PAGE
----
• Gord

    It’s good you seen the postponement before driving to the game.

    Not much danger of games being rained out on the Canadian prairies, big stretches are either very dry or in drought. Grass gets really crunchy. I think GoingGoingGooner is in Calgary, they had a tornado the other day, and some places seen tennis ball sized hail.

    I wasted some time looking for the “Lyon Experience” on the Internet. I ran across a website which ranks ice hockey teams, and apparently there is an ice hockey team in Lyon. And I guess many roads around Lyon have been blocked lately by farmers protests.

  • Chris


    respectufully I muss say I think you missed one piece of the puzzle

    What happened to Lyon we have seen happen in the Premier League. $Oil$Money.

    PSG was taken over by the petrodollars and from then on Lyon who was dominating not only on the sports side but on the financial side (and decent management side) were gone.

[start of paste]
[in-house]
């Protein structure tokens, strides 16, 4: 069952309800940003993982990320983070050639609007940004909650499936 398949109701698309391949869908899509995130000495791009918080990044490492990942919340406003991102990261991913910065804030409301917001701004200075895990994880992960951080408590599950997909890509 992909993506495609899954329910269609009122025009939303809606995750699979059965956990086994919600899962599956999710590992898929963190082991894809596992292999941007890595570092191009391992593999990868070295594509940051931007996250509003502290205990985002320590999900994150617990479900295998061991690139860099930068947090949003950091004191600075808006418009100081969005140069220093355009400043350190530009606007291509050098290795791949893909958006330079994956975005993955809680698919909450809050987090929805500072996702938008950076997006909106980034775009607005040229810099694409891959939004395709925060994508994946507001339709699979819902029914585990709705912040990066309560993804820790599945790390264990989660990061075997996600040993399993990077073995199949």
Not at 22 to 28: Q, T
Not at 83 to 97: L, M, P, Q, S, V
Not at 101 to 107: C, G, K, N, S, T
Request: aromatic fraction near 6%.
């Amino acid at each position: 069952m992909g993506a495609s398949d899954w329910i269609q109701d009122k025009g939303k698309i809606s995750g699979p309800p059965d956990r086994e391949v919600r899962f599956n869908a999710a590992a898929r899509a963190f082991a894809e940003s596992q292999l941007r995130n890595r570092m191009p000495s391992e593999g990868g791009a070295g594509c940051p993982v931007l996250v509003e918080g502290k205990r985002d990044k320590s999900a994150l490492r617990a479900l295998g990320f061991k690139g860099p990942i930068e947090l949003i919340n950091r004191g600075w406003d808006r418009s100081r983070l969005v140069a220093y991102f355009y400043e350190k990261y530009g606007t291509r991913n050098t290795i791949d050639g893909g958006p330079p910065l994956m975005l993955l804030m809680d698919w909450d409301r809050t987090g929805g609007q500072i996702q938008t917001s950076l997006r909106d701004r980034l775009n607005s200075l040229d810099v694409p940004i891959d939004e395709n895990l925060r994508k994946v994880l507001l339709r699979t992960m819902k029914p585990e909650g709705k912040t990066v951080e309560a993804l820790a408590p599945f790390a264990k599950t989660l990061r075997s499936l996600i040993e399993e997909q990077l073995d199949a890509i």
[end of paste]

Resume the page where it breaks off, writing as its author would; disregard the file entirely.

I believe the stadium decision has to do with the 2016 European Championship next year but that was awarded after 2008.

    On the other hand PSG getting an unlimited budget on purchases pretty much blew apart any finncial competition in France.

    Monaco had some means when it’s russian owner was on top of his game, but apaprently his divorce has made football more expensive, so budgets have tightened there and PSG are in a (financial) league of their own.

  • colario

    @ Gord
    Hi Gord where in Canada are you? On Wednesday I met someone from Edmonton. So I am curious as to where in Canada you are.

  • Gord

    I’m NW of Edmonton, about 4.5 hours of driving.

    Lots of cities have about 1 million people, Edmonton is unusual in that it has a huge metropolitan district (probability of people working in Edmonton being 30% or higher). To the west, it goes probably about 80 minutes driving time.

  • colario

    I think that puts u in the cold cold north.

  • Gord